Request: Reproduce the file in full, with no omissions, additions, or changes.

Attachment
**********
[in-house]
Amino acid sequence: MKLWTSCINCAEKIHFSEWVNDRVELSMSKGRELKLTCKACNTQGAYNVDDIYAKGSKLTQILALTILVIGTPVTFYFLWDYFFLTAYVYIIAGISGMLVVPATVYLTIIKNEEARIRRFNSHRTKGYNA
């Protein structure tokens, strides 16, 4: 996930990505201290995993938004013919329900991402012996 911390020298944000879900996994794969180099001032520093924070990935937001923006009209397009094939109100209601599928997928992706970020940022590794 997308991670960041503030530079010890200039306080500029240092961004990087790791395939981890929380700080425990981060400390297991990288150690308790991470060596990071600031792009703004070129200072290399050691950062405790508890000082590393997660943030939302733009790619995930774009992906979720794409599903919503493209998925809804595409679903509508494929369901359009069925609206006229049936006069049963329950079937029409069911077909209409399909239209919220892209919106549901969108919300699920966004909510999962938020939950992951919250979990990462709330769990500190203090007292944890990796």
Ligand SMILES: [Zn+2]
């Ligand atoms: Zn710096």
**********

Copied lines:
[in-house]
Amino acid sequence: MKLWTSCINCAEKIHFSEWVNDRVELSMSKGRELKLTCKACNTQGAYNVDDIYAKGSKLTQILALTILVIGTPVTFYFLWDYFFLTAYVYIIAGISGMLVVPATVYLTIIKNEEARIRRFNSHRTKGYNA
């Protein structure tokens, strides 16, 4: 996930990505201290995993938004013919329900991402012996 911390020298944000879900996994794969180099001032520093924070990935937001923006009209397009094939109100209601599928997928992706970020940022590794 997308991670960041503030530079010890200039306080500029240092961004990087790791395939981890929380700080425990981060400390297991990288150690308790991470060596990071600031792009703004070129200072290399050691950062405790508890000082590393997660943030939302733009790619995930774009992906979720794409599903919503493209998925809804595409679903509508494929369901359009069925609206006229049936006069049963329950079937029409069911077909209409399909239209919220892209919106549901969108919300699920966004909510999962938020939950992951919250979990990462709330769990500190203090007292944890990796």
Ligand SMILES: [Zn+2]
């Ligand atoms: Zn710096």